Even though the characters and plot are what drive Hero, the film has quite a bit more going for it.  The fight scenes do feature some spectacular moments, even though much of the fighting is stylized and entirely dependent on wirework.  It's well choreographed and interesting, although it will remind you of...well...you know.  Don't make the Masked Reviewer say it.  All right, all right...Crouching Tiger Hidden Dragon.  Or was it Crouching Dragon Hidden Tiger?  Either way, the fighting may seem similar (as may the way the story unfolds).

The visuals are often spoken of, though the Masked Reviewer thinks they've been highly overrated.  The location selection is unparalleled.  The director has a collection of locales that have never been seen before (outside of a video game).  There are interesting shots (like looking up from underwater or following an arrow in flight) that are magnificent.  The settings chosen feature some of the most beautiful landscapes you've ever seen.  However, the cinematography isn't good.  The colors aren't nearly as rich as they could be, and the picture quality in particular is very grainy.  It's a shame; if the camerawork was better, if the picture quality was better, this could have been one of the most visually impressive movies ever made.  Even though it's too grainy, it's still nice to look at.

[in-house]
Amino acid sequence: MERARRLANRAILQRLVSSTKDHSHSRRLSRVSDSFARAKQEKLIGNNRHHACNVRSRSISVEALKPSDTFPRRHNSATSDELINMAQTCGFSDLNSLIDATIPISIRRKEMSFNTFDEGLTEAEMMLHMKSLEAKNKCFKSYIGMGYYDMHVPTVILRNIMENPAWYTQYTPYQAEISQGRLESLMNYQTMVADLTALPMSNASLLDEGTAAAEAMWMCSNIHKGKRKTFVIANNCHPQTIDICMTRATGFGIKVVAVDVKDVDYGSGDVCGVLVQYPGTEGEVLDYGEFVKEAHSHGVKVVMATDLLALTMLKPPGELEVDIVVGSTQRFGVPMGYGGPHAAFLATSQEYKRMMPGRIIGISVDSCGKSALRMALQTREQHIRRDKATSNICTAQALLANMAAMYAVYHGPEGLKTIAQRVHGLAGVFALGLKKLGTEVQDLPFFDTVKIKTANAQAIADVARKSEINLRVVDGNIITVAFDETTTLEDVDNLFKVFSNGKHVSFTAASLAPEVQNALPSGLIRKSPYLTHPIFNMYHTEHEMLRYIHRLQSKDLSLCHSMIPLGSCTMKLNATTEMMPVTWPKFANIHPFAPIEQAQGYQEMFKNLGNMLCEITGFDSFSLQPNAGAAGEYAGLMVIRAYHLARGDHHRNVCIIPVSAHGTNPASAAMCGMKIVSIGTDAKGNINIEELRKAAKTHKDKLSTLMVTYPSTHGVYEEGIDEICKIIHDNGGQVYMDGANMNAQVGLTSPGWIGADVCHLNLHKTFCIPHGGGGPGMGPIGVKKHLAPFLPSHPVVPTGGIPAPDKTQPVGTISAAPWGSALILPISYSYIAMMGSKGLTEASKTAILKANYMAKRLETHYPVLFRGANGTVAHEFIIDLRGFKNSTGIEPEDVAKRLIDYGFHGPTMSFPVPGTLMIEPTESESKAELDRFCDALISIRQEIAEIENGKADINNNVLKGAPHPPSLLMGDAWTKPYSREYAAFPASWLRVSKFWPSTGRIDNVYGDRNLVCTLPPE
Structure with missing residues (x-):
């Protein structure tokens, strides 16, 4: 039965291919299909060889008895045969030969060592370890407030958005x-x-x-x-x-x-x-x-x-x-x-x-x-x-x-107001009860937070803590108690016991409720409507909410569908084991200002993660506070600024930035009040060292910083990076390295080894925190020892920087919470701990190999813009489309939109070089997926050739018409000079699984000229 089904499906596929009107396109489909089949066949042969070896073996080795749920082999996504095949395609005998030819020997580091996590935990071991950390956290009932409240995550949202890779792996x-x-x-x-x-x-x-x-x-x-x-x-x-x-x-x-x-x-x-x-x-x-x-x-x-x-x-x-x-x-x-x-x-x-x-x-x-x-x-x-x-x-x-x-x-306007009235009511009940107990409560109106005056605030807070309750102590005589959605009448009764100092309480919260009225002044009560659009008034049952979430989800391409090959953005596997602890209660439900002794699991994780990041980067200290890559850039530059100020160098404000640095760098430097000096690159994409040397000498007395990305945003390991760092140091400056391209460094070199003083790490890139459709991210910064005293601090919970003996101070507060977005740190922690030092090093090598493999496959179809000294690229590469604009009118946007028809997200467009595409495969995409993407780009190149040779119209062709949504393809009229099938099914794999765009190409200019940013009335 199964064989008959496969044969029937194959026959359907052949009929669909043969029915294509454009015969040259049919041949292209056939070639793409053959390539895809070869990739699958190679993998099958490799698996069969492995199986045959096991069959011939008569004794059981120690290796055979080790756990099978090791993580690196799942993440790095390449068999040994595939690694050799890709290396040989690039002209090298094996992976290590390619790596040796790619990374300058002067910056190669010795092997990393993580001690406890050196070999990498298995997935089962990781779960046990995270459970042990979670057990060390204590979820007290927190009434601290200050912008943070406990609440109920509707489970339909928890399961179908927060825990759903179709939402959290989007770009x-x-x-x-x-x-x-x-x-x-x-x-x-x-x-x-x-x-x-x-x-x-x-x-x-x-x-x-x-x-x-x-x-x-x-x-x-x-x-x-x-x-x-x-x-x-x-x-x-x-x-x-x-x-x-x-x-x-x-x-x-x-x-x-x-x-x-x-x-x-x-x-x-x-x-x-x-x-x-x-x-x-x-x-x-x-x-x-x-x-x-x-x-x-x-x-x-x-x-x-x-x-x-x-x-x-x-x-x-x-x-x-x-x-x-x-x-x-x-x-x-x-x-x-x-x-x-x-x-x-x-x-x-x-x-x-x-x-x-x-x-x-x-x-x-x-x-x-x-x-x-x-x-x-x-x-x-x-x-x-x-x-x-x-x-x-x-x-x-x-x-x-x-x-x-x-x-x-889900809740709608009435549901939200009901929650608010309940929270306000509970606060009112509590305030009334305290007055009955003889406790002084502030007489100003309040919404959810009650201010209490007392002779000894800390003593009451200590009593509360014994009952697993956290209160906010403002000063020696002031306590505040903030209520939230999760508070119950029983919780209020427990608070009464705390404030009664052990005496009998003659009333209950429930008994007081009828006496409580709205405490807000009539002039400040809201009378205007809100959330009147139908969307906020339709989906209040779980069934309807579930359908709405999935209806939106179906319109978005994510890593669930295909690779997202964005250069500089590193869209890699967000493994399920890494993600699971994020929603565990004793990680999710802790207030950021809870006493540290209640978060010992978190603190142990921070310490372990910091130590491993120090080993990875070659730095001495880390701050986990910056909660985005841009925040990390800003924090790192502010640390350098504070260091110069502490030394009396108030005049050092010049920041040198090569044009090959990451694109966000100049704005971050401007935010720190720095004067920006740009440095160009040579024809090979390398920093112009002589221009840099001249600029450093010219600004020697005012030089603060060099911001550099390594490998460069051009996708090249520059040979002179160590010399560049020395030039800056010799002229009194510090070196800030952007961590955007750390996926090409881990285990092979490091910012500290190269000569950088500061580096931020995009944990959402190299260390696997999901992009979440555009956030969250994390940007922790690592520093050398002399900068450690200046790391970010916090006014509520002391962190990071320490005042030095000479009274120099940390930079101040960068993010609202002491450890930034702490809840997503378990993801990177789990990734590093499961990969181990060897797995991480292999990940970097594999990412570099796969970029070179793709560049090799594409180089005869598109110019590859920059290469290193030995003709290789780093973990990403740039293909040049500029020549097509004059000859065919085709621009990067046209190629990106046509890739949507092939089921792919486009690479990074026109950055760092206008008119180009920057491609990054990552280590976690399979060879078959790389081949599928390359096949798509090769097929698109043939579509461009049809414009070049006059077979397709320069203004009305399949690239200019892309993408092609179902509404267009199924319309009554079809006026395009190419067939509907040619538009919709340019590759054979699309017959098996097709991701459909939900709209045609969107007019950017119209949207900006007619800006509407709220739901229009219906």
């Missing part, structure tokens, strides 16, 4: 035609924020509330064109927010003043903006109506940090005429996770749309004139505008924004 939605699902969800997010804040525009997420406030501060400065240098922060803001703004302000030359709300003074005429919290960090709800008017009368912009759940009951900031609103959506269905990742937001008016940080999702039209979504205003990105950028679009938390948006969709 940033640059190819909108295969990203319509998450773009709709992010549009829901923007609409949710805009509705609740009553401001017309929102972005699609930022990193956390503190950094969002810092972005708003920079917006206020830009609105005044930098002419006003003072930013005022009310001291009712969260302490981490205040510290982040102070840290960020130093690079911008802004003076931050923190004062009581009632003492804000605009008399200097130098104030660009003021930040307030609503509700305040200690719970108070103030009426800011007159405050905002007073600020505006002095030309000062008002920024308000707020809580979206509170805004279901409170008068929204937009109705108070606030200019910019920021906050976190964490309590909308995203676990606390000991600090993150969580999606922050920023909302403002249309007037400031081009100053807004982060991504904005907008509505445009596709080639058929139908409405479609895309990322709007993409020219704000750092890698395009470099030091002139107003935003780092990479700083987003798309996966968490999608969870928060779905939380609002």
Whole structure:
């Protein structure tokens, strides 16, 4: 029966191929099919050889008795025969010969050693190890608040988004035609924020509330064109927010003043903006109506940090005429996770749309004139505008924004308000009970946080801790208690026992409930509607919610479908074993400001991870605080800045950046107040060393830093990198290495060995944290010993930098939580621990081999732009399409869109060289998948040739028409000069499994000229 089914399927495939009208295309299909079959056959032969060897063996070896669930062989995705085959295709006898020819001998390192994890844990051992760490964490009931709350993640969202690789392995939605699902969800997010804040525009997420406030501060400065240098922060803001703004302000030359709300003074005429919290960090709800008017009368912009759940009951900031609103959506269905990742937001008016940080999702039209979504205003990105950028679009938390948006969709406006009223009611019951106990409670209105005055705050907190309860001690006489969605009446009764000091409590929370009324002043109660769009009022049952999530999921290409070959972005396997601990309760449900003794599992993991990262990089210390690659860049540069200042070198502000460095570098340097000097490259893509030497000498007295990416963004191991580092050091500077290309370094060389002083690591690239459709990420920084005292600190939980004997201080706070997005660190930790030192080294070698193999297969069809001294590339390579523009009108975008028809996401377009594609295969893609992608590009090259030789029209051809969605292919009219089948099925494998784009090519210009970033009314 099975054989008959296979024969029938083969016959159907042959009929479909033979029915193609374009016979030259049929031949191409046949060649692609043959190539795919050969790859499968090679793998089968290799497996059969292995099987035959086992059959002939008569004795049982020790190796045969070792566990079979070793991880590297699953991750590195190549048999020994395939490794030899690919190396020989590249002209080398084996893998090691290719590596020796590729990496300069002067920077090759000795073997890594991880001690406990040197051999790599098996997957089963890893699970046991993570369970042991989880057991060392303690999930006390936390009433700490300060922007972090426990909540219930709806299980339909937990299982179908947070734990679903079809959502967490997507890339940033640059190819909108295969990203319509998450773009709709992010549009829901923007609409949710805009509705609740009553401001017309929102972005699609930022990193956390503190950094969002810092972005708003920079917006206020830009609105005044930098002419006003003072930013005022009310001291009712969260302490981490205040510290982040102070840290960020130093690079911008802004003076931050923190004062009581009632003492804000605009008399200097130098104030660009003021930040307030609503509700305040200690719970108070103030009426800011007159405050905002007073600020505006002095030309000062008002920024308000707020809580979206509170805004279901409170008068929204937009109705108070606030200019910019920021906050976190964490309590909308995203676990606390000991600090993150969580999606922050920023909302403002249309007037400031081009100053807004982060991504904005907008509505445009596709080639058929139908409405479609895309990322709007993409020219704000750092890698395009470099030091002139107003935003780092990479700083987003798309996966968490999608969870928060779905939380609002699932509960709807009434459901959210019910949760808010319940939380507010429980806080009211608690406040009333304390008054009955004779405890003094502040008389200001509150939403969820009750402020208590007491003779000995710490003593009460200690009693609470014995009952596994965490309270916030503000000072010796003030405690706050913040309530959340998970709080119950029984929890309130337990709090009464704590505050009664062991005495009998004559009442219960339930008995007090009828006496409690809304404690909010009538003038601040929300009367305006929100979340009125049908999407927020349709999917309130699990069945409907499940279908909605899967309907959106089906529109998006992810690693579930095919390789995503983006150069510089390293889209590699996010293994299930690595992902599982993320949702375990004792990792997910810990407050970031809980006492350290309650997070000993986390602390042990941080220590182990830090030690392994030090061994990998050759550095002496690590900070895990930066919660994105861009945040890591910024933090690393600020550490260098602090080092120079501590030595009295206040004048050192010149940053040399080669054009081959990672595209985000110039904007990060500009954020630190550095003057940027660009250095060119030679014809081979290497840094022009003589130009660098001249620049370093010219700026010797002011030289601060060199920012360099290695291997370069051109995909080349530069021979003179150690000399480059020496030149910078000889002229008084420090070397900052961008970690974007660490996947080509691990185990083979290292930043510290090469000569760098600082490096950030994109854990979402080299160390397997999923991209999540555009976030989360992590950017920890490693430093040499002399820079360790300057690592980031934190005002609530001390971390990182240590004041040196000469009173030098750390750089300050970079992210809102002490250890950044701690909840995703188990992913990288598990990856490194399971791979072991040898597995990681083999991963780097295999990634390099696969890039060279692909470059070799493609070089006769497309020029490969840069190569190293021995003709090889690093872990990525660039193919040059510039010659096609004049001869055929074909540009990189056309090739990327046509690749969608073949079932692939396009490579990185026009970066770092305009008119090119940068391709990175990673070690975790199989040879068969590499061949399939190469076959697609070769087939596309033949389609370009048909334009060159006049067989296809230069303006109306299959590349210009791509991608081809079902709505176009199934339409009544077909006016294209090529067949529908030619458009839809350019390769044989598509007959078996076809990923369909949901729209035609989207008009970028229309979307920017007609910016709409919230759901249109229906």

The director did make good use of special effects, especially during battle scenes where it looks like people are being shot at by arrows.  But hey, it was shot in China, so maybe they actually did shoot arrows at the actors.  They have much more liberal regulations there.  That's how they get the money shots.